Isolation and characterization of CD31+ EVs. A: Schematic representation of the isolation method. B: NTA of one representative sample of isolated CD31+ EVs, along with the observed mean size and number (from 1 mL pooled control plasma). C: Representative TEM image of EVs isolated with CD31 beads along with the relative magnification. D: Western blot showing the expression of CD31, Alix, TSG101, CD63, apoB100, and apoA1 in CD31+ EVs and UC-collected EVs isolated from the same amount of plasma, along with the relative densitometric analysis. Whole plasma was run as positive control for apoA1 and apoB100. E: Ratio between the expression of CD31 and CD9, CD63, or CD81 in CD31+ EVs and that in EVs isolated through UC, as measured with a specific kit allowing cytofluorimetric detection (n = 6 from pooled plasma split for performance of comparative isolation starting from the same volume). F: Comparative cytofluorimetric detection of CD49e, CD9, CD63, CD62P, CD81, CD41b, CD42a, CD29, and CD69 in EVs isolated with no beads, scramble IgG beads, and CD31 beads (n = 3, from equal amount of control plasma samples). G: Concentration of collected CD31+ EVs vs. the CD31-depleted fraction of EVs subjected to UC, measured with standard NTA (n = 3). H: RT-PCR dosage of miR-126-3p, miR-146a-5p, miR-155, and miR-21-5p in whole plasma vs. total EVs isolated with UC vs. CD31+ EVs, with division of the same control samples in different aliquots (same volume, 100 μL) for comparison of the relative abundance in the various compartments (n = 8). Errors bar are ±SD. *P < 0.05, **P < 0.01, ***P < 0.001, Student t test for panels D, E, and G and one-way ANOVA for panels F and H. #P < 0.05 vs. UC for panel H. APC, allophycocyanin; a.u., arbitrary units.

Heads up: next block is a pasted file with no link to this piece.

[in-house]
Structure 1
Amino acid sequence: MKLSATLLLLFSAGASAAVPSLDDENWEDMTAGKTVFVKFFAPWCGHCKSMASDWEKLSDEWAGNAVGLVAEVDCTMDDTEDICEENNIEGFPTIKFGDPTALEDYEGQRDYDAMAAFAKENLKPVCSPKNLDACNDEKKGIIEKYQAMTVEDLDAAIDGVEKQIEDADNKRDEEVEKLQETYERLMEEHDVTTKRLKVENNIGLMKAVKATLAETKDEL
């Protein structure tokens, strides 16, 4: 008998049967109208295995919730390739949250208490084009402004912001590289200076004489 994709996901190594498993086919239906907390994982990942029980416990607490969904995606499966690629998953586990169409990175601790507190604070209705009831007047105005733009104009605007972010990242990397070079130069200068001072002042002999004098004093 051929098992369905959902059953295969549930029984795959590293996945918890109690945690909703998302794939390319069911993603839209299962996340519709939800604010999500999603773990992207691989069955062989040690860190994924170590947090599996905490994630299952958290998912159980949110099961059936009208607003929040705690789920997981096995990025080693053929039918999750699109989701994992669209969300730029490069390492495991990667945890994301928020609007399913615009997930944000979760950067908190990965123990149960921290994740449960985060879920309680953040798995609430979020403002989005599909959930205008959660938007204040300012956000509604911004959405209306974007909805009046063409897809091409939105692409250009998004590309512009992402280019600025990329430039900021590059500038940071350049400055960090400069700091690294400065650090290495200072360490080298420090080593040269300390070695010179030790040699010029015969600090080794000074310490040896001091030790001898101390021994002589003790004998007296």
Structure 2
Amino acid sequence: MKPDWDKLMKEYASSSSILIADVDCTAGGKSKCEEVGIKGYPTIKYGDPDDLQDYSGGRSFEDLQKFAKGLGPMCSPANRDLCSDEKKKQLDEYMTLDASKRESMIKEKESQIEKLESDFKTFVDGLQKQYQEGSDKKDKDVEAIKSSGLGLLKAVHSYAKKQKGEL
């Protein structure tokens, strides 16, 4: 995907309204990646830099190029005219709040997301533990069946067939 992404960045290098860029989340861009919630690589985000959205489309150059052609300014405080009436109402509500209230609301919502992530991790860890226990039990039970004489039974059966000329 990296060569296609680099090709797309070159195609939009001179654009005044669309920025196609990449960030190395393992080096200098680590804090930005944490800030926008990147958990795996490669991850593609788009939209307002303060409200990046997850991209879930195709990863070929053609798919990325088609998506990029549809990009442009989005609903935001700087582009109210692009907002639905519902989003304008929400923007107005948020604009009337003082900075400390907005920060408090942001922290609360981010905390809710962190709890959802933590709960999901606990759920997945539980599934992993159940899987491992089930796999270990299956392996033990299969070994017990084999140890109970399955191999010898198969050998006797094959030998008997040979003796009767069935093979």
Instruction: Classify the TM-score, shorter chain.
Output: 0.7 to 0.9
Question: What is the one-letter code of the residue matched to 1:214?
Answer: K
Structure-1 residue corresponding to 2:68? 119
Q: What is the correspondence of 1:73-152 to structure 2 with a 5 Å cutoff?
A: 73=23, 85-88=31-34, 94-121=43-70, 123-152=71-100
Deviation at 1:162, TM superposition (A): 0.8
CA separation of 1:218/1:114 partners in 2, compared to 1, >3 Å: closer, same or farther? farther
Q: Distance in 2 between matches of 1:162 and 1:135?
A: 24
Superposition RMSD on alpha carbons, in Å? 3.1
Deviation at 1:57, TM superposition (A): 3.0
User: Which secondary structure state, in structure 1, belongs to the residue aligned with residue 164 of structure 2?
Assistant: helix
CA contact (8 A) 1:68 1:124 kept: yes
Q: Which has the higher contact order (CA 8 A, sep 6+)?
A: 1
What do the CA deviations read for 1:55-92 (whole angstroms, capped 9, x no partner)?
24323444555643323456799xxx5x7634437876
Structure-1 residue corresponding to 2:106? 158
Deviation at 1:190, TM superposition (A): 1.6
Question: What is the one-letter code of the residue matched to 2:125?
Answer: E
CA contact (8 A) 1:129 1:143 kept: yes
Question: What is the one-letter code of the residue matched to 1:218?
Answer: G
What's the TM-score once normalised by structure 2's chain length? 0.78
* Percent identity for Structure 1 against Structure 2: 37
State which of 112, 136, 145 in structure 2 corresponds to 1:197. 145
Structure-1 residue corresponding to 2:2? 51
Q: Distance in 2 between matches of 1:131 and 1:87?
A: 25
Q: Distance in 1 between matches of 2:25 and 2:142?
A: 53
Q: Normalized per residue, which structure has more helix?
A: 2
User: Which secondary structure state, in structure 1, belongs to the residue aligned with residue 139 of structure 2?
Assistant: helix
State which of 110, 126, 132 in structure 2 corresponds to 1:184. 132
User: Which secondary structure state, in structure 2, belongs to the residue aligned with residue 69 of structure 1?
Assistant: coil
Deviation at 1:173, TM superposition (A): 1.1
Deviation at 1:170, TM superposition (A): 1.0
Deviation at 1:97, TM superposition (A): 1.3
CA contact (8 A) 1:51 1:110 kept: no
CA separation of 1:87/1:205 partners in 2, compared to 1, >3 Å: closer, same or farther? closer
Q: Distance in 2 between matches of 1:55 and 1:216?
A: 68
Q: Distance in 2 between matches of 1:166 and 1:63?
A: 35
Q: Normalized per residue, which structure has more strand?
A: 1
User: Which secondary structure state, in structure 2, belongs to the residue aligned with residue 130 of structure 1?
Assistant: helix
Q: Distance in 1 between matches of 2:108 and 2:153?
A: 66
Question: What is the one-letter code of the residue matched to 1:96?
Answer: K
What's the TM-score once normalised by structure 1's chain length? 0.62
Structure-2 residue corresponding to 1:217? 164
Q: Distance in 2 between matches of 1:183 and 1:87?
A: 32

Isolation of Extracellular Vesicles Through Ultracentrifugation